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The Little Foxes

The Little Foxes is a 1939 play by Lillian Hellman, considered a classic of 20th century drama. Its title comes from Chapter 2, Verse 15 of the Song of Solomon in the King James version of the Bible.

Background on The Little Foxes

The Little Foxes is a play written in 1939 by Lillian Hellman. The play centers on Regina Hubbard Giddens, a southern woman who struggles for independence within the restrictions of early twentieth century life, where only sons can be considered a legal heir. Regina’s rapacious brothers are wealthy men because of this, and Regina is left to rely on her wheelchair-bound, sickly husband. Her brothers want to marry Regina’s daughter to her first cousin in order for them to gain control of her husband’s fortune, and when this plan fails, they then hatch a plan to steal the man’s railroad shares.

Regina’s husband, as a result, tells her he plans to cut her completely out of his will, but he has a heart attack during his confession and she makes no attempt to assist him. Regina takes this opportunity to blackmail her brothers about her knowledge of their plot unless they give her three quarters of the ownership of their new cotton mill. This causes her to lose her daughter’s respect and love, as her daughter is disgusted by her greed and abandons her. Regina is left a very wealthy woman indeed, but is left alone forever. 

The role of greed

One of the major, and most obvious, themes in The Little Foxes is greed. Regina’s brother Oscar married his wife so that he would inherit her family’s cotton field and plantation. He later wants his son to marry Regina’s daughter so that he can gain control over Regina’s husband’s estate and fortune, even though they are first cousins. Regina’s brothers aim to build a cotton mill but require an extra seventy five thousand dollars. Because they cannot get it from their sister, they decide to rob them.

Later in the story, after Regina’s husband tells her that he will cut her out of the will but he has a heart attack before he is able to do so, she does not even attempt to save him. Instead, she simply watches her husband die before her. Greed motivates almost every person and action in the story; from her brothers’ manipulation and gall to the insatiable greed in Regina’s own cold heart. In the end, though, Regina’s brothers end up alienated and she dies alone, after being abandoned by her only daughter. Those who were motivated by greed suffered grave consequences for their actions. This theme remains relevant today, with the debates ensuing over minimum wage and taxes for the rich.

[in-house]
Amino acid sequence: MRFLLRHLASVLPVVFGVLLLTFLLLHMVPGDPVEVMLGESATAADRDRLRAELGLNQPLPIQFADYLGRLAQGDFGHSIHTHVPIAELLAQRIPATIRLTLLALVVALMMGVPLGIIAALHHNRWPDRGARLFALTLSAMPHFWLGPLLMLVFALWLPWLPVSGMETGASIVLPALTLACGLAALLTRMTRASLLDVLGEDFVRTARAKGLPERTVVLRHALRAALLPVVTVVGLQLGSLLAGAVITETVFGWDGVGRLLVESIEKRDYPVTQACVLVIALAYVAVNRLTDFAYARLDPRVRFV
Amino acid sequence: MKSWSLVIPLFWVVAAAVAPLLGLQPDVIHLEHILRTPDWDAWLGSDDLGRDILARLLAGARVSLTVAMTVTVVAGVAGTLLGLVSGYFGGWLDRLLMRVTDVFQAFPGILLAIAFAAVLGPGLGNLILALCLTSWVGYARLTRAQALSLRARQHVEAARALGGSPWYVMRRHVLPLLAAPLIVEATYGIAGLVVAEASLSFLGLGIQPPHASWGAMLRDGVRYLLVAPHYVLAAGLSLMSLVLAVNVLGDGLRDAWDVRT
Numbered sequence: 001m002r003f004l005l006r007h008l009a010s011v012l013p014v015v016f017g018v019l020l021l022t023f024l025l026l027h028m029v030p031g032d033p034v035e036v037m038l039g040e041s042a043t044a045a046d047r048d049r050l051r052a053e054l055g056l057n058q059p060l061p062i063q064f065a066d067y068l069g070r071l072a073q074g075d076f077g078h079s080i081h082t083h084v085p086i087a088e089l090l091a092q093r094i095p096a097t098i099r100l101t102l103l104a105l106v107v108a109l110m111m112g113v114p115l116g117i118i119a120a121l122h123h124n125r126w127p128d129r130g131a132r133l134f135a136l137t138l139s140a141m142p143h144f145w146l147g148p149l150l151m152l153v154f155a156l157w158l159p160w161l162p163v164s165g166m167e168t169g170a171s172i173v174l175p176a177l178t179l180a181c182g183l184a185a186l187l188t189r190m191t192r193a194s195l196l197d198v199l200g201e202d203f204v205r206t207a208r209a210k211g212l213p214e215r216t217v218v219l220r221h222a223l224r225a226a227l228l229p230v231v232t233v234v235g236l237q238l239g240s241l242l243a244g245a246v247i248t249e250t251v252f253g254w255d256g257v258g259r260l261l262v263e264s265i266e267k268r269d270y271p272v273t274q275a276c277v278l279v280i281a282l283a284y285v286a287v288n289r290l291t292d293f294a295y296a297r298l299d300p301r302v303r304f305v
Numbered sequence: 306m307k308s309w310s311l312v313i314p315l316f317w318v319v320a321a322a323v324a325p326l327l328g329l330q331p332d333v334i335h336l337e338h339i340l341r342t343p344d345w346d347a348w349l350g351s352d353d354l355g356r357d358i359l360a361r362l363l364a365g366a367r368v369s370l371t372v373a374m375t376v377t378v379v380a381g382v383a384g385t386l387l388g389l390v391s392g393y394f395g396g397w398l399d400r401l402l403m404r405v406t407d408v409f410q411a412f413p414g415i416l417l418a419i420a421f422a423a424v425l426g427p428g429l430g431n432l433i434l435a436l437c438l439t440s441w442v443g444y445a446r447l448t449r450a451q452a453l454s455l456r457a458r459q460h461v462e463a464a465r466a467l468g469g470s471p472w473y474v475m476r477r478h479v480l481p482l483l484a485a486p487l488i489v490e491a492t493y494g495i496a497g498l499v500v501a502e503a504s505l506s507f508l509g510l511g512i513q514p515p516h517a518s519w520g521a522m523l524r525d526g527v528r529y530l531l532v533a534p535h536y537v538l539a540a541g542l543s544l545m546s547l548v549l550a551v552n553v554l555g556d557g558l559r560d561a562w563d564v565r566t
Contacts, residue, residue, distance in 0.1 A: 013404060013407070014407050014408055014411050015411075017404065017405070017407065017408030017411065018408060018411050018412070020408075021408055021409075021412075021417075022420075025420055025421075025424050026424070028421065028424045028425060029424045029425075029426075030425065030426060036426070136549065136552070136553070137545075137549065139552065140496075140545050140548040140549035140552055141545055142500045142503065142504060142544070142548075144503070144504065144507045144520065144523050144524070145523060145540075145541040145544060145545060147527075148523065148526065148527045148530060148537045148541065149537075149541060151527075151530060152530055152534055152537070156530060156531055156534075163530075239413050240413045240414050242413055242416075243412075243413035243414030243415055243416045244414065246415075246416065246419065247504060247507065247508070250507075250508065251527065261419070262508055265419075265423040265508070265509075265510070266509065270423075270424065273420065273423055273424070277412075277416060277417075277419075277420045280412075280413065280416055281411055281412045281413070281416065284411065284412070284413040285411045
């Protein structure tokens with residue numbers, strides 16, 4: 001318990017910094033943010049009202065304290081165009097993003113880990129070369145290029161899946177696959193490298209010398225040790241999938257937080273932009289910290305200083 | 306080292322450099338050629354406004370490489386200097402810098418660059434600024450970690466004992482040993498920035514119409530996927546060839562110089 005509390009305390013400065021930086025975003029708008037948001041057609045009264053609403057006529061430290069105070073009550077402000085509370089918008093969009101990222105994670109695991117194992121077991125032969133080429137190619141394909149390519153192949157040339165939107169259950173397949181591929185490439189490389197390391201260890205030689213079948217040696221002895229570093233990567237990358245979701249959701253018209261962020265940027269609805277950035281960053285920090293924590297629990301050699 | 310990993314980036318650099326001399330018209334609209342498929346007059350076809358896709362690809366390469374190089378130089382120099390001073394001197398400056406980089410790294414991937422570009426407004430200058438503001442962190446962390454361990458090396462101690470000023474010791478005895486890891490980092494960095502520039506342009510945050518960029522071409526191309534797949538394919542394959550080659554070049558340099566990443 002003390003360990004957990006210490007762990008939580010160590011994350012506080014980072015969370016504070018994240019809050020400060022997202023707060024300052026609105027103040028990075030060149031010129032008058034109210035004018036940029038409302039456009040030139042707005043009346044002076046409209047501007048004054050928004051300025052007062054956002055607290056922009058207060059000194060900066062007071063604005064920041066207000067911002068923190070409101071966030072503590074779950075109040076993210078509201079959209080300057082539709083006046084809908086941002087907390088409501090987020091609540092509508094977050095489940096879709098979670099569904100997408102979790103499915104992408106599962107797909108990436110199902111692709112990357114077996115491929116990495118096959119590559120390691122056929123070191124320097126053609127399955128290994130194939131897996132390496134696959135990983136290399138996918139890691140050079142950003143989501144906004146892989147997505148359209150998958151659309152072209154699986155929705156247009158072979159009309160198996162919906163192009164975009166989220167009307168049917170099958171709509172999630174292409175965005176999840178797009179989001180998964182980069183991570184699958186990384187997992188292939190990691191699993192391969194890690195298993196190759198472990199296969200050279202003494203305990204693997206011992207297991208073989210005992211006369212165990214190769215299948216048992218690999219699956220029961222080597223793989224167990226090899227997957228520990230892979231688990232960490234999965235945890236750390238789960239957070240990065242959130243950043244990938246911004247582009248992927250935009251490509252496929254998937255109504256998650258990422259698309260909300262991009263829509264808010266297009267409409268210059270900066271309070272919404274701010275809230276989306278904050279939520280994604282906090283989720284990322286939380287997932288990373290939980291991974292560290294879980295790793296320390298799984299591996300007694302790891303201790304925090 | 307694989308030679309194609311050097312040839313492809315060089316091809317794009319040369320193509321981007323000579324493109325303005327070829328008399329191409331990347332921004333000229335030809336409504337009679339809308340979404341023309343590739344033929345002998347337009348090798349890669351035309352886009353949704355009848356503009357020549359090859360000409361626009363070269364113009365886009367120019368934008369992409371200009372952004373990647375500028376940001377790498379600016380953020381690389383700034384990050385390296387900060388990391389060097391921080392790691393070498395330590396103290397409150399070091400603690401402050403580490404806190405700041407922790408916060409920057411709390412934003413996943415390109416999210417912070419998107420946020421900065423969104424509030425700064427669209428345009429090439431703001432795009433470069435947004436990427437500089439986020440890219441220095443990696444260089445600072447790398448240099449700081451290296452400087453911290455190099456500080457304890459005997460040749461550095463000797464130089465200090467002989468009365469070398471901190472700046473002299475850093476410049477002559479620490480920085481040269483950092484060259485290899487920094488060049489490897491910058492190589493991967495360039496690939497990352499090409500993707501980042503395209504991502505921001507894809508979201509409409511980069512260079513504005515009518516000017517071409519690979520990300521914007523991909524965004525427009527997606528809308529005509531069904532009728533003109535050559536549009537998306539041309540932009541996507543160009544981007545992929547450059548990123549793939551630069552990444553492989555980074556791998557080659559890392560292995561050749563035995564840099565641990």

Origins of The Little Foxes

The title of the play is from the Song of Solomon in the King James Bible. The line, from the second chapter and the fifteenth line, reads, “Take us the foxes, the little foxes, that spoil the wines: for our vines have tender grapes.” In the play, the Hubbard family is drawn most certainly from Hellman’s own Marx relatives. Her mother was a debutante of Alabama, and her grandparents were Leonard Newhouse, a wholesale liquor dealer from Demopolis, and Sophie Marx, the heiress of a very successful banking family. Sophie, said Hellman, took every opportunity to mock and belittle her father in front of her mother for his meager business sense. The constant quarrelling between the two families, Hellman admit, was a source of inspiration for the events in The Little Foxes.  

The original Broadway production of The Little Foxes starred Tallulah Bankhead as Regina. It premiered on the fifteenth of February in 1939 at the National Theatre in New York City. The show ran for four hundred and ten performances before beginning a long tour of the United States. Produced by Herman Shumlin, it also starred Carl Benton Reid, Frank Conroy, and Patricia Collinge.

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